If you’re based at Dovedale campus or visit regularly, you’ve probably noticed the brightly coloured hoardings around the old gym. These hoardings have been decorated with various words and phrases relevant to UC – including ‘Tautua.’
‘Tautua’ means service and responsibility. It comes from the Samoan phrase “O le ala i le pule, o le tautua” which translates to “The pathway to authority is through service.”
The phrase, also featured in UC’s Pasifika Strategy, is a well known Samoan proverb meaning by serving others; we can create a meaningful path to success. It can also be translated as “The pathway to leadership is through service.”
Service to others, particularly family and community, is highly valued in Pasifika culture. It’s a value which is also applicable when it comes to education. Education allows one to give back to the community, and rise to positions of leadership and responsibility.
Below: Ashalyna Noa and Bernard Mackenzie from the Pacific Development Team check out the brightly coloured hoardings.
Trending at Number 1 in the New Zealand Twittersphere last week was an event partly organised by three University of Canterbury Pasifika students: Riki Welsh, Wesley Mauafu and Josiah Tualamali’i. Growing Pasifika Solutions for our young people #GPS2016 was held in Auckland on 21 and 22 April. The event brought together around 500 attendees, including a number of high profile Pasifika and mental health advocates, such as Sonny Bill Williams, Mike King, MTV host Krit Schmidt and comedian Tofiga Fepulea’I (Laughing Samoans), to talk about creating a flourishing future for Pasifika young people in New Zealand.
MBA student and Pacific Development Team member Riki Welsh shares how they got involved.
Just over a year ago we received an email from Le Va (a non-government organisation working with social services around the country to provide better delivery for Pasifika communities) asking for help to organise a small youth conference in Christchurch.
We accepted the challenge, ran the conference and impressed the Auckland based funders so much that they offered two of us (Riki and Wesley) positions on their organising group for a major conference being planned in 2016 and one of us (Josiah) a position on the board of their organisation that delivers millions of dollars of services every year. Naturally we all accepted.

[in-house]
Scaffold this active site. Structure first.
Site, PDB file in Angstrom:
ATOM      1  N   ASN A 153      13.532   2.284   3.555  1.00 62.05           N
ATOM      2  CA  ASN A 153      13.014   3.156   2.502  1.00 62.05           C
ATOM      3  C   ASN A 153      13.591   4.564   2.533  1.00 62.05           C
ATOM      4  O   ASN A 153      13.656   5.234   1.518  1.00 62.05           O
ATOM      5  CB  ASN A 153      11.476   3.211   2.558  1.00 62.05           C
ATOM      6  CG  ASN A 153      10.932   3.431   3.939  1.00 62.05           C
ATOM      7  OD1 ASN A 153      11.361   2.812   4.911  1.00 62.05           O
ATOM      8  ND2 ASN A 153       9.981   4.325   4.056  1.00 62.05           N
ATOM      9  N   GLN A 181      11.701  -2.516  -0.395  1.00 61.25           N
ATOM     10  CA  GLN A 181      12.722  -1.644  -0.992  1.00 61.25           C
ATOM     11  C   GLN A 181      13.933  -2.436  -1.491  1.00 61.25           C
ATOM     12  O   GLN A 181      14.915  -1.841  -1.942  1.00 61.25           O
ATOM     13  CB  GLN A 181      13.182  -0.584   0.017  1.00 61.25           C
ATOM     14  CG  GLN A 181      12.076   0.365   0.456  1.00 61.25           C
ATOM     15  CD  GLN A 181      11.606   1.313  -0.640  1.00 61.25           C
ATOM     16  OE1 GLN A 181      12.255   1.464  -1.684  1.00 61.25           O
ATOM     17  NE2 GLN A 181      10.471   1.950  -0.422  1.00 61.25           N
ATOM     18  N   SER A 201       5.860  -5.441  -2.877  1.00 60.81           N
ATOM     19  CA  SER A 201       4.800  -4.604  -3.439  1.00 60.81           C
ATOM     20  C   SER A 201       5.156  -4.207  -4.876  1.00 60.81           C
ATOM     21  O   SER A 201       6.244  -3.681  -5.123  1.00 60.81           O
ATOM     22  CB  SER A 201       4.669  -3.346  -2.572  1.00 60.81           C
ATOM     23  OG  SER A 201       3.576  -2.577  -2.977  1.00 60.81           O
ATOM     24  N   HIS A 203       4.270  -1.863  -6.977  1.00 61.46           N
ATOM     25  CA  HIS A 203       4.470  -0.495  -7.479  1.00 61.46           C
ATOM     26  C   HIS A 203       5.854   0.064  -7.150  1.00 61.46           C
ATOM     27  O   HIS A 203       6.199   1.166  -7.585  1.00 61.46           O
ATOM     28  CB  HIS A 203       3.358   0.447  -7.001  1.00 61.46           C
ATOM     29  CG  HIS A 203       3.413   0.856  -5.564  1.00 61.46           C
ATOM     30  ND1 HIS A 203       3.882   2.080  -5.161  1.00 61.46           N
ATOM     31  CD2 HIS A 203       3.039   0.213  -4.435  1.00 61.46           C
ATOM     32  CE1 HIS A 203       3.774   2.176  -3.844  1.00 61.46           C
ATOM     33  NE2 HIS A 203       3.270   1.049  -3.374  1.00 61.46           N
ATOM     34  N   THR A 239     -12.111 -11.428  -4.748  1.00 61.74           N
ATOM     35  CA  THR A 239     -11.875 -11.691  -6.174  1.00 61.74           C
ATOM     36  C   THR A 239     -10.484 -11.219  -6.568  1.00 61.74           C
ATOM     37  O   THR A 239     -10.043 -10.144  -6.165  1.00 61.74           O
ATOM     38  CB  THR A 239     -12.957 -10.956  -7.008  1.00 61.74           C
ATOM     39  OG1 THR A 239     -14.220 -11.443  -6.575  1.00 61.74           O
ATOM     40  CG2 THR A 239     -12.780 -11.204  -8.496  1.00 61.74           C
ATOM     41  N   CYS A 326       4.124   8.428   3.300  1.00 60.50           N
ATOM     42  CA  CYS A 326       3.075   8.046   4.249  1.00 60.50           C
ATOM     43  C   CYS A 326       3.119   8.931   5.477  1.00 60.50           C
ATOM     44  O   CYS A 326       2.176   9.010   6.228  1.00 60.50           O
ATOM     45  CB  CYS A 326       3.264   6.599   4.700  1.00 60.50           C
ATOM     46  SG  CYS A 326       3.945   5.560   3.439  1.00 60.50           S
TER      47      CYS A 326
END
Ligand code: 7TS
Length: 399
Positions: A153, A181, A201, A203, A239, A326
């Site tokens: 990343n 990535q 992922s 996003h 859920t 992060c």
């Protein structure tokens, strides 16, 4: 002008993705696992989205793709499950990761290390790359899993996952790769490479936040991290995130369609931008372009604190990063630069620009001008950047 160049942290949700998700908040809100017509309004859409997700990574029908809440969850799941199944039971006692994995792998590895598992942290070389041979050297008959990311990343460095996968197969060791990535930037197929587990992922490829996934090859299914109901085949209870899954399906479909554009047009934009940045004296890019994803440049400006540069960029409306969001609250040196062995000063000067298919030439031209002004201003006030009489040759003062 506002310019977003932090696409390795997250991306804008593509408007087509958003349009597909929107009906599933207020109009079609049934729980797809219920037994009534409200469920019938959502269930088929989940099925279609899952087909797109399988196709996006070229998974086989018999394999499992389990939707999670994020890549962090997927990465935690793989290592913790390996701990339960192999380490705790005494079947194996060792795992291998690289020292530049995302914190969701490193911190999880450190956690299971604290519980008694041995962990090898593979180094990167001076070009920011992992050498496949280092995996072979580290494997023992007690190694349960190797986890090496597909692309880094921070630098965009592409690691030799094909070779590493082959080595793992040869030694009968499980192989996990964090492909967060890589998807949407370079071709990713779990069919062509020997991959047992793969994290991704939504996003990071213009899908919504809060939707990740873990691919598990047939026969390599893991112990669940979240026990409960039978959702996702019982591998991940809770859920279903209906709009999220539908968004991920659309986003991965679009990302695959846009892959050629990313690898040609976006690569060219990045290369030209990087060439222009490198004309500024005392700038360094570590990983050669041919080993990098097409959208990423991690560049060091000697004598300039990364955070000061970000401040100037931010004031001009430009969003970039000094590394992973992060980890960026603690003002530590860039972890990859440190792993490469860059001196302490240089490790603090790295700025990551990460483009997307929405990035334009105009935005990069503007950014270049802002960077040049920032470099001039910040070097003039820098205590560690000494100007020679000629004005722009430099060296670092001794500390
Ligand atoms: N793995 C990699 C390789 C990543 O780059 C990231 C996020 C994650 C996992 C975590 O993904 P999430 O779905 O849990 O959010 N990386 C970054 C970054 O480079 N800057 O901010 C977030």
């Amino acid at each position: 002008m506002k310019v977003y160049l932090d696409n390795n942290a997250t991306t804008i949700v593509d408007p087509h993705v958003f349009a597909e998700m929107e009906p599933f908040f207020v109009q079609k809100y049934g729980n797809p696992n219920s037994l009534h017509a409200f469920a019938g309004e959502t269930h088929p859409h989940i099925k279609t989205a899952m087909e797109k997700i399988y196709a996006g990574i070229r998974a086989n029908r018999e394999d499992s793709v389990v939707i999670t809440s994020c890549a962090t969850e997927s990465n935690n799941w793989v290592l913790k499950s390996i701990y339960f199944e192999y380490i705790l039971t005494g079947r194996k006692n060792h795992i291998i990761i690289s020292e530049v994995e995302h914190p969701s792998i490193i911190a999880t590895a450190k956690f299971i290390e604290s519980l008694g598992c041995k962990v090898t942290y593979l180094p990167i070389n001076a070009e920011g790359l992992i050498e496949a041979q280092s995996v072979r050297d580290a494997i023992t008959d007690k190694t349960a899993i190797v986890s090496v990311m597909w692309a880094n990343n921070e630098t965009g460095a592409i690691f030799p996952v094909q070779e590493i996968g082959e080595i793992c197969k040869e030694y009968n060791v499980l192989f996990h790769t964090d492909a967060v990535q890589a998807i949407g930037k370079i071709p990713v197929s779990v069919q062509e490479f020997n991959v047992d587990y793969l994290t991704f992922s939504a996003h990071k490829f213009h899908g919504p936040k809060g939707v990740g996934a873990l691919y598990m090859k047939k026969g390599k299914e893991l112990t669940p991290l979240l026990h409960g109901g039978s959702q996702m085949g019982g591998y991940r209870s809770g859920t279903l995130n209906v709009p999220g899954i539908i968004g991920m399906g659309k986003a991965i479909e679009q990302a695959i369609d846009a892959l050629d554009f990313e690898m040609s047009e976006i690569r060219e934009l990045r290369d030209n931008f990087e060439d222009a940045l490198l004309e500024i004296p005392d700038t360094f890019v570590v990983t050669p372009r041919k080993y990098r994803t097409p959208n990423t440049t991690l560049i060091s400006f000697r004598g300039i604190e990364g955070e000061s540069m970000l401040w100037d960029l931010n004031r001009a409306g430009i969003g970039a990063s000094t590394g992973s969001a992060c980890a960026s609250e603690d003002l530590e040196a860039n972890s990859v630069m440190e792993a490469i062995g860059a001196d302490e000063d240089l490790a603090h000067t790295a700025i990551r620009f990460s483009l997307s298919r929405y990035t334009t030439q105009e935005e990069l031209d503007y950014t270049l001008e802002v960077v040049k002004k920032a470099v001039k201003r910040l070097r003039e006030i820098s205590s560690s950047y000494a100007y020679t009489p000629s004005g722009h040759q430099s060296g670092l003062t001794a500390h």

Six months of planning, five trips to Auckland, multiple Skype meetings and phone calls, and in the blink of an eye the entire conference is finished and we’re left with a whole new energy, passion and promise from all sectors of New Zealand about the future of Pasifika young people in New Zealand.
We got involved with Le Va and the GPS conference because of our passion for Pasifika young people, but also because of the alarming rate of suicide by Pasifika young people in New Zealand. The leading cause of death for young people in New Zealand is suicide, worse than motor vehicle accidents. New Zealand is at the top of the OECD for death by suicides for young people and the horrifying thing for us is that Pasifika young people have the highest suicide attempts of all groups in New Zealand.
We all know someone who has died by suicide, so doing something proactive about it is so important to us. The GPS conference allowed for some extremely important conversations to take place. Never have we seen a conference where experts in the field present their research, which is then critiqued by Pasifika young people who were able to add real lived experiences of suicide attempts and self-harm to the research presented.
We feel like a national movement has been started and we hope that it leads to real change for the Pasifika people of Aotearoa.
While at the conference, Riki was interviewed by Tagata Pasifika. Check out the Tagata Pasifika story on the conference here, and a New Zealand Herald story about Riki and Wesley’s meeting with All Black superstar Sonny Bill Williams here.